Floré F. Architect-designed interiors for a culturally progressive upper-middle class: the implicit political presence of Knoll International in Belgium. In: Schuldenfrei R, editor. Atomic dwelling. anxiety, domesticity, and postwar architecture. Abingdon, UK: Routledge; 2012. p. 169–85.
MLA
Floré, Fredie. “Architect-designed Interiors for a Culturally Progressive Upper-middle Class: The Implicit Political Presence of Knoll International in Belgium.” Atomic Dwelling. Anxiety, Domesticity, and Postwar Architecture. Ed. Robin Schuldenfrei. Abingdon, UK: Routledge, 2012. 169–185. Print.
@incollection{2005375,
  abstract     = {In the first decade following the Second World War, Knoll International, a renowned American-based producer of International Style furniture, entered the western European market. It did so by selling production licenses to local furniture companies. One of them was De Coene, a Flemish family business specializing in the design and production of wooden furniture, interiors fittings, and structural building elements. In 1954 De Coene obtained the Knoll production licenses for Belgium, the Netherlands and Luxembourg in order to supply the business community with suitable modern office furnishings. Soon Knoll furniture also became an important component of the interior arrangements of the homes of the cultural elite. This essay discusses the introduction of Knoll in these interiors and especially questions the political side of this process.
For De Coene, buying the Knoll production licenses formed an integral part of its postwar political reorientation which directly related to the firm{\textquoteright}s pro-German activities during the war. After several years of sequestration, the company was allowed to rebuild its business, but there were still restrictions on the amount of profit it was allowed to make. In response to this, in the early fifties, De Coene made large investments which radically modernized the design, the technical know-how and the internal organization of the firm. By associating itself with Knoll International, which was known for collaborating with European {\textquotedblleft}refugees,{\textquotedblright} the company explicitly tried to distance itself from its recent, wartime past. At the same time, considering the close relationships between Knoll and the US State Department, De Coene also implicitly took a position in a new world conflict---that of the Cold War.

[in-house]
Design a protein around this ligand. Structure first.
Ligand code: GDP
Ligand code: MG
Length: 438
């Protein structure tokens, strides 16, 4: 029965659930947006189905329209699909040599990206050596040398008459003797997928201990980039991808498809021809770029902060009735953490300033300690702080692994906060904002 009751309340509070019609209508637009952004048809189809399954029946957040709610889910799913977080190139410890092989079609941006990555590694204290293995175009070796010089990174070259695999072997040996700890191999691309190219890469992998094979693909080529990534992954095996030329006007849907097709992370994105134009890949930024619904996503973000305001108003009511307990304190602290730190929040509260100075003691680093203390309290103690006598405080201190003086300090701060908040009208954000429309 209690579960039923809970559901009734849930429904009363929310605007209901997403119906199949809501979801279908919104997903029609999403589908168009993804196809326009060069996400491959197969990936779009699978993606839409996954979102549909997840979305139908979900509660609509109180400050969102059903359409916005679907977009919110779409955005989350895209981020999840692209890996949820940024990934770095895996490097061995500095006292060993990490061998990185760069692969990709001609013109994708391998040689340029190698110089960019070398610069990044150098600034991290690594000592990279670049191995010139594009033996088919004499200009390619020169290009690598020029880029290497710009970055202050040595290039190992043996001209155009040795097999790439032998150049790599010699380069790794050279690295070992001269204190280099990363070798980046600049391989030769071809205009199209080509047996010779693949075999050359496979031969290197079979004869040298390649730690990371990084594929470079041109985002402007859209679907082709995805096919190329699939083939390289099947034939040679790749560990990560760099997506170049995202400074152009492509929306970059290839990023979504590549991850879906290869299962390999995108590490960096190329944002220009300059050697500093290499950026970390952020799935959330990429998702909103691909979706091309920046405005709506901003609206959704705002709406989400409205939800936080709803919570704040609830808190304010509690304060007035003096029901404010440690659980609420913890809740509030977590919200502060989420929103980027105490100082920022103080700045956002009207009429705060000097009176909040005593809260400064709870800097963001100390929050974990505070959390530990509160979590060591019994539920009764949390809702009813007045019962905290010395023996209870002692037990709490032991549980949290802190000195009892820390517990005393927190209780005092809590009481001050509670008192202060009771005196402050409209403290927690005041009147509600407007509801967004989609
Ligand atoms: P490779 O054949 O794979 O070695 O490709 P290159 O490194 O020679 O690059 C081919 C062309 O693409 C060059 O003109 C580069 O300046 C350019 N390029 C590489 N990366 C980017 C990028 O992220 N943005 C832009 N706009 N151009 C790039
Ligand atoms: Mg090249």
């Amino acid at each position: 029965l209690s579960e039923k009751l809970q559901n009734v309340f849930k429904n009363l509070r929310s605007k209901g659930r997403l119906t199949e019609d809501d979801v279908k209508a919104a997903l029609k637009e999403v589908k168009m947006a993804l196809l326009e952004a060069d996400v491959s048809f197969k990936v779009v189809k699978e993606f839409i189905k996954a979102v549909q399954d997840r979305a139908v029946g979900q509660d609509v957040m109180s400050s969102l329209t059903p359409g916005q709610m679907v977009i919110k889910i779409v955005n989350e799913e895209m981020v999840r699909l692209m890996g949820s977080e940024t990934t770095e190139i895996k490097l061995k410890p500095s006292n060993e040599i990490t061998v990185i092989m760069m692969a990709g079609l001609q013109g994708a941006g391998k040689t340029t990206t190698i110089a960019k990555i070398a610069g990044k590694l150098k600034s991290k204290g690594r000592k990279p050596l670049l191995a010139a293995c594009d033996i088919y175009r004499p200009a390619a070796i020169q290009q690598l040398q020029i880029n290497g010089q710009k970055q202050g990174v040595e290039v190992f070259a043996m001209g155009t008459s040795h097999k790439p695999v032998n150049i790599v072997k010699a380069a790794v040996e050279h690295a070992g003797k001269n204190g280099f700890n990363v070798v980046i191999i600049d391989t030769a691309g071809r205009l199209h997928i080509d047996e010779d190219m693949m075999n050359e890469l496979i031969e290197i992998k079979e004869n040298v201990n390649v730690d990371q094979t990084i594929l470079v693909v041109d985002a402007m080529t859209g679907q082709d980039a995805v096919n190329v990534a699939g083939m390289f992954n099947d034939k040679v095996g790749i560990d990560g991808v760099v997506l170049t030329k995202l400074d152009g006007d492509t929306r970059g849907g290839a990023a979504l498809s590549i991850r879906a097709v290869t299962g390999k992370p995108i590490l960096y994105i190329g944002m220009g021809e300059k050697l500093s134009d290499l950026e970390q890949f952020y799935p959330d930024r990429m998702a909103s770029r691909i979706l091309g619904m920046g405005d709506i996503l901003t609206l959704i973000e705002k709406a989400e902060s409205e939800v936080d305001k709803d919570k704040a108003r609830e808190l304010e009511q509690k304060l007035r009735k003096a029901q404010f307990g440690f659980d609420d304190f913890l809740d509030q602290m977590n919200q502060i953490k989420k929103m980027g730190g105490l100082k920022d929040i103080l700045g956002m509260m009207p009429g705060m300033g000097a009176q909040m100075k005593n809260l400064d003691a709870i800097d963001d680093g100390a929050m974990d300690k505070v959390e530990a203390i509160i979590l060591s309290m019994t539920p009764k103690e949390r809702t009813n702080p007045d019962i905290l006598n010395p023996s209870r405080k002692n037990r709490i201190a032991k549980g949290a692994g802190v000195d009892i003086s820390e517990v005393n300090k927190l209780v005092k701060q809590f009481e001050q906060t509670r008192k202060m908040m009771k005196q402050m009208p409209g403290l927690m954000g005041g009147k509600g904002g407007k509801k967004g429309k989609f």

Taking the company history of De Coene as a starting point, this chapter discusses the political significance of Knoll furniture in the homes of the Belgian cultural elite, within the context of the Cold War years.},
  author       = {Flor{\'e}, Fredie},
  booktitle    = {Atomic dwelling. anxiety, domesticity, and postwar architecture},
  editor       = {Schuldenfrei, Robin},
  isbn         = {9780415676090},
  keyword      = {modern interiors,De Coene,Cold War,Knoll,Belgium},
  language     = {eng},
  pages        = {169--185},
  publisher    = {Routledge},
  title        = {Architect-designed interiors for a culturally progressive upper-middle class: the implicit political presence of Knoll International in Belgium},
  year         = {2012},
}